12 stages of Christmas (movies)

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hot coco and popcorn

On the first day of Christmas, my true love gave to me full control of the remote control for a full season of Hallmark Channel Christmas movies.

As much as I love them for their sugary sweetness and pretty scenes, it is not lost on me that certain predictable nonsense populates the Hallmark world.

1) Wintry wonderlands are always pretty. It is never sleeting rain. It may snow giant fluffy and very DRY snow that somehow never frizzes hair.

I have never seen a single character wield an ice scraper. Instead, it is always picturesque yet never too cold to spend hours hanging around the town square caroling, partying, saving the toy factory or whatever.

2) More fantastic than believing in Santa (or that an entire town economy can be sustained on cookie baking and handcrafting wooden toys), one must also suspend disbelief when it comes to the schedules of townsfolk.

No one has an issue with a gathering that the entire town attends even at the cost of their own family Christmas events?

Town-wide parties, programs or company/town Christmas parties on Christmas Eve are very popular. Do none of these people struggle with how to manage one more stop what with all the extended family and in-laws?

3) A woman generally named Holly or Joy will either love Christmas with a passion far beyond what any adult should — or hate it with a passion that makes the Grinch seem middle of the road on things.

4) Small towns are the heart of all things. If we know anything it is that big cities are not to be trusted.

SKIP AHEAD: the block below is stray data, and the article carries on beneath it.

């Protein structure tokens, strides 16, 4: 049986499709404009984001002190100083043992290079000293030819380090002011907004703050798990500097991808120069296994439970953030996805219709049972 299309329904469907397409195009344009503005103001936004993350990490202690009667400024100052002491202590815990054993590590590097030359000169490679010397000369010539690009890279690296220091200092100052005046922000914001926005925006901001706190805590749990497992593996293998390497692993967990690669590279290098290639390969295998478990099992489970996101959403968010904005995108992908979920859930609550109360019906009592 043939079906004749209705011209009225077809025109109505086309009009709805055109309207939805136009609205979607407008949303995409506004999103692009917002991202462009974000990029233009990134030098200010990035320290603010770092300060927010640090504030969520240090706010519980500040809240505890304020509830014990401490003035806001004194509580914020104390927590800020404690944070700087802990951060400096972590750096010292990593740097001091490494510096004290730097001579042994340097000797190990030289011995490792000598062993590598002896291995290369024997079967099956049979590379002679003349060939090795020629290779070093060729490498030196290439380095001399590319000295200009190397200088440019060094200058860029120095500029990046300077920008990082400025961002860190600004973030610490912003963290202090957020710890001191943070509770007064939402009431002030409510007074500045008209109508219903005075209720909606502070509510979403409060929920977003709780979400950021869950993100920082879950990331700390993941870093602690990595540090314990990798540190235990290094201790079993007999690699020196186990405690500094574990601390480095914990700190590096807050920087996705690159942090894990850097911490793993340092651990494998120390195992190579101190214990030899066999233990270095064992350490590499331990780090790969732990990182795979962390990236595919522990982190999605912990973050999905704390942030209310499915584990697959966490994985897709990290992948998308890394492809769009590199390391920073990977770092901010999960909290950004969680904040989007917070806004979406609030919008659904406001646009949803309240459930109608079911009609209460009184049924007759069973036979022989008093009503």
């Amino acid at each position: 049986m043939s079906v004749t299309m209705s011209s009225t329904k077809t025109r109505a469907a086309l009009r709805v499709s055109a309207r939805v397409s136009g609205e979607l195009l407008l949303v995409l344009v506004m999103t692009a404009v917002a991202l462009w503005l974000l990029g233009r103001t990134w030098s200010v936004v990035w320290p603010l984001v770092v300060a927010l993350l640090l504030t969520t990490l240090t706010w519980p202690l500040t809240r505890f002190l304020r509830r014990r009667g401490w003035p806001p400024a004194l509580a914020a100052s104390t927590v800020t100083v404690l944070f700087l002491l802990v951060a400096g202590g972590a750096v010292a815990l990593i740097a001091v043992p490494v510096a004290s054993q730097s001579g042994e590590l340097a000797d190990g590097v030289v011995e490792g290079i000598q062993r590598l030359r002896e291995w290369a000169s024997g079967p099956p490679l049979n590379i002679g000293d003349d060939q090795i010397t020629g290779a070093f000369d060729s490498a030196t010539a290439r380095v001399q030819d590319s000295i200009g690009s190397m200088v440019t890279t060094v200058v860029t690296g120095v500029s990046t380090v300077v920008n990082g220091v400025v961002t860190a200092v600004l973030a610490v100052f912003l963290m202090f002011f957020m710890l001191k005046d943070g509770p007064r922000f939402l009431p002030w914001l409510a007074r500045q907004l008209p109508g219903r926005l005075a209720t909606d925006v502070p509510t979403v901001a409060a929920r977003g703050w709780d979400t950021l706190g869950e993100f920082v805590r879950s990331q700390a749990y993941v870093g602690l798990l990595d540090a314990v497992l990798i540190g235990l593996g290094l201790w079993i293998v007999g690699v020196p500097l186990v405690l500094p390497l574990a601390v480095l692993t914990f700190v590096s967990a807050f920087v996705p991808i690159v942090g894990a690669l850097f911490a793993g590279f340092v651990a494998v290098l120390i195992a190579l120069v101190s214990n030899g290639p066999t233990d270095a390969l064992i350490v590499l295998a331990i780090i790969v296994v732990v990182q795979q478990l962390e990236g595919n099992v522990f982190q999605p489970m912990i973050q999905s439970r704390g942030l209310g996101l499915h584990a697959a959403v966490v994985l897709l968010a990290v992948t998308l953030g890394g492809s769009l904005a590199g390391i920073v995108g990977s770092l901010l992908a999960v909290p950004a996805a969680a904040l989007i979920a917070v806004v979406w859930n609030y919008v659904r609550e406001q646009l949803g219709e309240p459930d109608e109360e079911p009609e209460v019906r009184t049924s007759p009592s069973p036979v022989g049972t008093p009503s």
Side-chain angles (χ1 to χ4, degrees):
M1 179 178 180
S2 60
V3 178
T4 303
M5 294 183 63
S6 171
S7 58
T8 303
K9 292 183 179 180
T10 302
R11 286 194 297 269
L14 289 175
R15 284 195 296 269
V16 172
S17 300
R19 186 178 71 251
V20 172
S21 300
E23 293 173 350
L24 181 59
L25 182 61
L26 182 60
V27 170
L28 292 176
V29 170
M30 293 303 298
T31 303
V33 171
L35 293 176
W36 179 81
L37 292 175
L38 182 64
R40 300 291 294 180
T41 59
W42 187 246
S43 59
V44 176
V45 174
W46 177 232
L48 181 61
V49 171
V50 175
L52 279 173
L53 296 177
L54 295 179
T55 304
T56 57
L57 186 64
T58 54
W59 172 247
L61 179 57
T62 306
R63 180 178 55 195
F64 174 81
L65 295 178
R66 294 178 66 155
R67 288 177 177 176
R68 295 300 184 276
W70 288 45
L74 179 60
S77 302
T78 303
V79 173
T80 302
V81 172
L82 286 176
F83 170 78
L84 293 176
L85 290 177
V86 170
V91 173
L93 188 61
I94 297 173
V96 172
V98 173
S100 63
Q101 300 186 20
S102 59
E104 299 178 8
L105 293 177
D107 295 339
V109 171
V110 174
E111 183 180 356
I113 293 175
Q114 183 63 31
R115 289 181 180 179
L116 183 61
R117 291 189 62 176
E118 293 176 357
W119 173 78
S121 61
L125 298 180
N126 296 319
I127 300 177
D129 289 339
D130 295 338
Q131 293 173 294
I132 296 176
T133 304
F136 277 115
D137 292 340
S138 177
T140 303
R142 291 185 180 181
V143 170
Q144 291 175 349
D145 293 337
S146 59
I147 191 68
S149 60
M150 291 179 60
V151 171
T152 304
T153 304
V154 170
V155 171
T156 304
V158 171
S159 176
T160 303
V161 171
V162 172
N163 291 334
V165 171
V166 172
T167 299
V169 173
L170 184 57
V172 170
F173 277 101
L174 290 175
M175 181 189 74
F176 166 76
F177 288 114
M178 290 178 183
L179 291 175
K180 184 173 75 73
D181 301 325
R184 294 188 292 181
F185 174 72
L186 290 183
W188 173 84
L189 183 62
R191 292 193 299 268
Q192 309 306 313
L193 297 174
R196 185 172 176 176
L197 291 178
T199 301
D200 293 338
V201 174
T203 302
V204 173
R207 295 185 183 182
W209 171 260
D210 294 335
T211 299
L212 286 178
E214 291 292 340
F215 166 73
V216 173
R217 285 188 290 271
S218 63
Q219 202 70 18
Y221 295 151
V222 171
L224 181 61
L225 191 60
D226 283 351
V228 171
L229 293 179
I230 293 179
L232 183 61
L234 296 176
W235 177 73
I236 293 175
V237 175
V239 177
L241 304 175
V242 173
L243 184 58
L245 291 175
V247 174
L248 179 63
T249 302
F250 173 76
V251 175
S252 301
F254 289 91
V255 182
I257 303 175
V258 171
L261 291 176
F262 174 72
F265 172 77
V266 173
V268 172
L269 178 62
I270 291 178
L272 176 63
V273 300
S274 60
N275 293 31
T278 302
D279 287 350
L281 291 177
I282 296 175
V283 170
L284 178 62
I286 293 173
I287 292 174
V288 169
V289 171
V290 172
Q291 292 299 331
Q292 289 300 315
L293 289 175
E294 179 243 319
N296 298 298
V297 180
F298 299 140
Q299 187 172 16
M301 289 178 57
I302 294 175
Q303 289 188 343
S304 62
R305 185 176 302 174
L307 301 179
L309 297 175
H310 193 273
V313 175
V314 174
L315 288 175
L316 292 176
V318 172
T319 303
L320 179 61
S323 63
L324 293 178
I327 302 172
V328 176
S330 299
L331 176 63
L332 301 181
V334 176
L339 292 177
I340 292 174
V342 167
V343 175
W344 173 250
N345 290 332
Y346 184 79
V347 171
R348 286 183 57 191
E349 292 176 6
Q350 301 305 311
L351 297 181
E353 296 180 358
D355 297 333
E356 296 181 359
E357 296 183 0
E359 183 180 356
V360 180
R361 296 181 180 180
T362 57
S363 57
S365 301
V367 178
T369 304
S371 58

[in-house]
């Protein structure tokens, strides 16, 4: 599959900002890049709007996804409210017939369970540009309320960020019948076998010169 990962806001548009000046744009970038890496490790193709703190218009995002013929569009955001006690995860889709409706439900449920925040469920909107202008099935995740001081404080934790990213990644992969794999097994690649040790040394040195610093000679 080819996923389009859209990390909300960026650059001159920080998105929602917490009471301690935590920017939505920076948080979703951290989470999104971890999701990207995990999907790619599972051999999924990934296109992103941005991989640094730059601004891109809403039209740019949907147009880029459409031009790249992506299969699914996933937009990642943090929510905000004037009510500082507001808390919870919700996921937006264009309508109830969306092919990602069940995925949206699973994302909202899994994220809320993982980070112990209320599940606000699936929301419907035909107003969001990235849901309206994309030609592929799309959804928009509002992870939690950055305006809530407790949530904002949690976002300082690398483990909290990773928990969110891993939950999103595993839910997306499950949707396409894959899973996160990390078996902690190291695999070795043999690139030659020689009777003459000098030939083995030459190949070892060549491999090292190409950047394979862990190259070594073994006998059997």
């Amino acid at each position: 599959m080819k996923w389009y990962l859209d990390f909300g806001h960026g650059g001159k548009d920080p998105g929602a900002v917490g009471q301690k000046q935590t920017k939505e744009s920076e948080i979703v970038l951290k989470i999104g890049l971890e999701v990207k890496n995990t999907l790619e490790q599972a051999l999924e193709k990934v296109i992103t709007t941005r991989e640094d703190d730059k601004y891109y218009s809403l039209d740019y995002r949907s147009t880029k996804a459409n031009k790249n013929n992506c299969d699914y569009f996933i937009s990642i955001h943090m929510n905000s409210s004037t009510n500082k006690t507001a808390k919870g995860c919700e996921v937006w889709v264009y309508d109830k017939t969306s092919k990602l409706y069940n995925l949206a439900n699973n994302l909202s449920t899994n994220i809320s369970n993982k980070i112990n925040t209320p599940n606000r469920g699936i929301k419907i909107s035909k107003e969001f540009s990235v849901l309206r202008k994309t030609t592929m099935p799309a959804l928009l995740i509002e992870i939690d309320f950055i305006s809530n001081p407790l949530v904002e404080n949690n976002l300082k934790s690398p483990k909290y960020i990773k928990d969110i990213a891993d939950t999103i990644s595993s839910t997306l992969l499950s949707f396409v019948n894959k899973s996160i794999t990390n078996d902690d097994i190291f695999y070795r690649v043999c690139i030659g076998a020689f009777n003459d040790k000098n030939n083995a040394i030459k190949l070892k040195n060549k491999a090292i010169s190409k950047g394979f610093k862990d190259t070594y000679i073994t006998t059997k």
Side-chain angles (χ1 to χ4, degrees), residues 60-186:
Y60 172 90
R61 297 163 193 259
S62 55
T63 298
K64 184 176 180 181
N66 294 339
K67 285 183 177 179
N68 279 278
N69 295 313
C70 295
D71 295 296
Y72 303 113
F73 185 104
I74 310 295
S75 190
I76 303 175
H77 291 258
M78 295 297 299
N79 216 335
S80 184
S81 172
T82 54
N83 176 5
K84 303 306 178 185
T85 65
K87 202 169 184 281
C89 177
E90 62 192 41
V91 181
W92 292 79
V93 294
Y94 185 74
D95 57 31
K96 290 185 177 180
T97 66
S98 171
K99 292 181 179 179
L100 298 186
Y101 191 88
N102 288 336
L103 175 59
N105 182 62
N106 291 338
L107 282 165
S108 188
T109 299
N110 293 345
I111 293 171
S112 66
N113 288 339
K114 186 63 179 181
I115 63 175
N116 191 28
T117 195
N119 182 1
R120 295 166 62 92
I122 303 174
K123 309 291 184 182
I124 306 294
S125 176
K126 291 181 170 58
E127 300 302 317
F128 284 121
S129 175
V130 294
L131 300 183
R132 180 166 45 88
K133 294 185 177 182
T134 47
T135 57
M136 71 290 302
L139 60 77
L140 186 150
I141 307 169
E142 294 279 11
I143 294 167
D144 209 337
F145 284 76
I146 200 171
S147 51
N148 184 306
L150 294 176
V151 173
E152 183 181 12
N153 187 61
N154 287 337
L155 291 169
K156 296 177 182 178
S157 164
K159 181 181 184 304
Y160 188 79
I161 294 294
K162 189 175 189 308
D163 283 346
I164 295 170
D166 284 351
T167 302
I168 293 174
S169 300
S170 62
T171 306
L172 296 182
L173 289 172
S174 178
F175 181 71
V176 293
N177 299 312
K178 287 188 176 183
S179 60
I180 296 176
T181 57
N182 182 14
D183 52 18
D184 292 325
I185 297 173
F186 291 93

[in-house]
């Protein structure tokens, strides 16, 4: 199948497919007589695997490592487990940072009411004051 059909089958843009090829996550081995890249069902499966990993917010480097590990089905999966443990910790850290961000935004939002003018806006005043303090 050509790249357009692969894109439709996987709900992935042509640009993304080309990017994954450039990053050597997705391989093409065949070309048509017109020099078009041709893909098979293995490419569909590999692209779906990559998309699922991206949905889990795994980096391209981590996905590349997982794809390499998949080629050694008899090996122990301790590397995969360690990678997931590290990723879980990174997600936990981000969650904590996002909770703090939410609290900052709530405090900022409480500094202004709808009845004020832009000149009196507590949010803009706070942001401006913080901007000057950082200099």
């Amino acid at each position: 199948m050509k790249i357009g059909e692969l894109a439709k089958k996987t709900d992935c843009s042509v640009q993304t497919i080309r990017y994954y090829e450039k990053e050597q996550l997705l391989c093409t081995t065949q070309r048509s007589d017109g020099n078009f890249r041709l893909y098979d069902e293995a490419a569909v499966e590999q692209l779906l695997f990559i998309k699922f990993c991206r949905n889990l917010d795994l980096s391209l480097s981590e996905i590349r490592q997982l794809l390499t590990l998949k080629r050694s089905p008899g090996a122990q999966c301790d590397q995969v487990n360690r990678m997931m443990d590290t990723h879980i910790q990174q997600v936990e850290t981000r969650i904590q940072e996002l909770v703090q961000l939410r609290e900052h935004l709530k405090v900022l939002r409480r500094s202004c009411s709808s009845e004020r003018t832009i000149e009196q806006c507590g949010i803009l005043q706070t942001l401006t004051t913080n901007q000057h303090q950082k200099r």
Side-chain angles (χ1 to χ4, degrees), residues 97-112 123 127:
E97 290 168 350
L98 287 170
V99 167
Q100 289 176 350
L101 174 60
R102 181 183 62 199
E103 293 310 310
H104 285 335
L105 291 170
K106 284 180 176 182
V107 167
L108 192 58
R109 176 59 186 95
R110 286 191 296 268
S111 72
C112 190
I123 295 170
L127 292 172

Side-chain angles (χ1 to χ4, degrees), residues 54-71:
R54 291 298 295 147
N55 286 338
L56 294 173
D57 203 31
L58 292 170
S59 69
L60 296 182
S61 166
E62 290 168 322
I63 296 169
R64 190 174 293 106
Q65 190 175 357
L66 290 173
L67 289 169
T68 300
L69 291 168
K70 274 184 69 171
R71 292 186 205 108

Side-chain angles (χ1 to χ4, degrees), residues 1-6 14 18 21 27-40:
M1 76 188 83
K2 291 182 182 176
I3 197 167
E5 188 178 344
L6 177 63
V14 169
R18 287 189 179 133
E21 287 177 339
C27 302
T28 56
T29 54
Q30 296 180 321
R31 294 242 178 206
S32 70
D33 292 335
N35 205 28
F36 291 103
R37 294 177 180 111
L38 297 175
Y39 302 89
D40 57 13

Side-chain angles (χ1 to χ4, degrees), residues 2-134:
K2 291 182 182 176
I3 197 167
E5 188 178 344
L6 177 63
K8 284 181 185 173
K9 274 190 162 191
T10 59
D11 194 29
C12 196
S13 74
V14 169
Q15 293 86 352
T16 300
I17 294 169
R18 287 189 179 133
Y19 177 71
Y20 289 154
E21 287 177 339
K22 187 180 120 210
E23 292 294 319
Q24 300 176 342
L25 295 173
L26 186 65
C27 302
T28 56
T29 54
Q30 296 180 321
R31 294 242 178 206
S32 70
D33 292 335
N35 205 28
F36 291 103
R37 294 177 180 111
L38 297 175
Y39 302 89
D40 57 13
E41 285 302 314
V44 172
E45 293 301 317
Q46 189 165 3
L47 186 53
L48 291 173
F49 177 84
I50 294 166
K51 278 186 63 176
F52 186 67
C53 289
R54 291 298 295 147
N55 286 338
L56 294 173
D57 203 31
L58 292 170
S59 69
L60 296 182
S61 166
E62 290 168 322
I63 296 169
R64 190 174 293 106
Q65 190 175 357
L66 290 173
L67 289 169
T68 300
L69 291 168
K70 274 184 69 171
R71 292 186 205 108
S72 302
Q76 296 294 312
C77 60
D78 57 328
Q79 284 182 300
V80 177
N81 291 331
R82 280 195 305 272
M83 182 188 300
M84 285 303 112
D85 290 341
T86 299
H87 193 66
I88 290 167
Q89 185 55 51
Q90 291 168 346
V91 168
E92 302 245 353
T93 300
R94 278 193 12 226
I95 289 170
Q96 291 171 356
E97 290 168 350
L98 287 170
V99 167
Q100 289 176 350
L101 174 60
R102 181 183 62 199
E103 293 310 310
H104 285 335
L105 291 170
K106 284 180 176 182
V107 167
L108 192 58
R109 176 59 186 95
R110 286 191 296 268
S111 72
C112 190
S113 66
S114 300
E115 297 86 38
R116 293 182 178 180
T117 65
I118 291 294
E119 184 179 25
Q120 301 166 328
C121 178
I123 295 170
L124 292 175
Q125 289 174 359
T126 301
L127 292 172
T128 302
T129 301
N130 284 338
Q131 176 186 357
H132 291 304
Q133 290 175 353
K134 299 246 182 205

5) Ditto men in suits. Always choose the guy with the sweater. Obviously.

6) There will be a trip to a Christmas tree farm — or remote mountain. They will use a hand saw to fell the tree.

Apparently, no one in these towns owns a chainsaw? If the cookie or toy gig doesn’t work out they might consider investing in a power tool startup.

7) It has been said that most accidents happen in the home. Or the ski chalet, department store, community center or town square.

What they really mean is that most accidents occur in Hallmark Christmas movies. Someone is forever falling off a ladder into the arms of a waiting hunk.

Of course, characters are required to loathe each other prior to eventually having a ridiculous misunderstanding and then falling in love. That’s just how it is. I don’t make the rules.

8) Granted, some of the accidents might be attributed to the amount of flour that must be on the floors. Nearly every movie features a flirtatious flour fight during a baking session.

9) Having fought their way through the flour storm, grown folks will fight to the death — including sabotage and espionage — in order to win a cookie, cupcake or gingerbread contest. As you do.

10) If the old falling off a ladder trick hasn’t led to true love, the hiring of a fake fiance or boyfriend/girlfriend for hire will fix things right up.

In the real world, we call that prostitution. In Hallmark movies that’s just how you get a date and fool your family into getting off your back about your single status. Obviously.

11) People do tend to fall in love while ice skating — badly. One of them anyway. One is generally a former pro skater or nearly so.

The other is the bumbling owner of two left feet. What could be better than a date that involves one person risking injury and the other being embarrassed for them?

12) Finally, someone — if not everyone — will find the true meaning of Christmas through family, friends and true love.

Number 12 is ultimately why so many of us love these silly little movies despite the previous 11 foibles and flights of fancy.

In the end, we can always enjoy more of the warm glow of wonder, joy and love — and the perfect Christmas cookie.

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Warm, witty and just a wee bit warped, Kymberly Foster Seabolt is a native of Kent, Ohio, who survived childhood exposure to disco and grew up to marry and move to the country. Her column weaves her special brand of humor with poignant, entertaining, and honest portrayals of parenting, marriage, and real life. She currently lives in northeastern Ohio with her husband, two children, two dogs, two cats, and numerous dust bunnies who wish to remain nameless.

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